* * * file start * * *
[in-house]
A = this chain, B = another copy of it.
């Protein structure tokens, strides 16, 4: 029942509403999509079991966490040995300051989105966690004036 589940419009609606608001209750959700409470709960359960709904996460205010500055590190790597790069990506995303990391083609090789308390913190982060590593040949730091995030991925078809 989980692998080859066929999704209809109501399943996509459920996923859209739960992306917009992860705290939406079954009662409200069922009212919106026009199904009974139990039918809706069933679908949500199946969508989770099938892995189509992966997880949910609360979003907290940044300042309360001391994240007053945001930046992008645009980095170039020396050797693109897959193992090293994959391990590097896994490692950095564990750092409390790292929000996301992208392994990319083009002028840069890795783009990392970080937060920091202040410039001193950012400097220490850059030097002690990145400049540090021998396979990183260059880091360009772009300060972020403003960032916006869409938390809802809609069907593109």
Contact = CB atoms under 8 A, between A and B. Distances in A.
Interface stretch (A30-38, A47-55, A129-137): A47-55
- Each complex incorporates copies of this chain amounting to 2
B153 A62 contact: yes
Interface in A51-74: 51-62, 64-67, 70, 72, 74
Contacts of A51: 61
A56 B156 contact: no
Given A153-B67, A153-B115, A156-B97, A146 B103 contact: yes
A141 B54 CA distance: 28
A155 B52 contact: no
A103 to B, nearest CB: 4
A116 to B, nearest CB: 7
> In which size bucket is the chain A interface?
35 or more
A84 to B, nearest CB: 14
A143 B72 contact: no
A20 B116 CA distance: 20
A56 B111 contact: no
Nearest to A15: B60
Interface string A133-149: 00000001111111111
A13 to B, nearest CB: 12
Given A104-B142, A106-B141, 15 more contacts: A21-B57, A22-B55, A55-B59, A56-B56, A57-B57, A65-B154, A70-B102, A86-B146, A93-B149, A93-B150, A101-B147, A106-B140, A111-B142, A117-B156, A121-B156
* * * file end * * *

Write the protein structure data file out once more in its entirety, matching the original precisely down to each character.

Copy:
[in-house]
A = this chain, B = another copy of it.
């Protein structure tokens, strides 16, 4: 029942509403999509079991966490040995300051989105966690004036 589940419009609606608001209750959700409470709960359960709904996460205010500055590190790597790069990506995303990391083609090789308390913190982060590593040949730091995030991925078809 989980692998080859066929999704209809109501399943996509459920996923859209739960992306917009992860705290939406079954009662409200069922009212919106026009199904009974139990039918809706069933679908949500199946969508989770099938892995189509992966997880949910609360979003907290940044300042309360001391994240007053945001930046992008645009980095170039020396050797693109897959193992090293994959391990590097896994490692950095564990750092409390790292929000996301992208392994990319083009002028840069890795783009990392970080937060920091202040410039001193950012400097220490850059030097002690990145400049540090021998396979990183260059880091360009772009300060972020403003960032916006869409938390809802809609069907593109």
Contact = CB atoms under 8 A, between A and B. Distances in A.
Interface stretch (A30-38, A47-55, A129-137): A47-55
- Each complex incorporates copies of this chain amounting to 2
B153 A62 contact: yes
Interface in A51-74: 51-62, 64-67, 70, 72, 74
Contacts of A51: 61
A56 B156 contact: no
Given A153-B67, A153-B115, A156-B97, A146 B103 contact: yes
A141 B54 CA distance: 28
A155 B52 contact: no
A103 to B, nearest CB: 4
A116 to B, nearest CB: 7
> In which size bucket is the chain A interface?
35 or more
A84 to B, nearest CB: 14
A143 B72 contact: no
A20 B116 CA distance: 20
A56 B111 contact: no
Nearest to A15: B60
Interface string A133-149: 00000001111111111
A13 to B, nearest CB: 12
Given A104-B142, A106-B141, 15 more contacts: A21-B57, A22-B55, A55-B59, A56-B56, A57-B57, A65-B154, A70-B102, A86-B146, A93-B149, A93-B150, A101-B147, A106-B140, A111-B142, A117-B156, A121-B156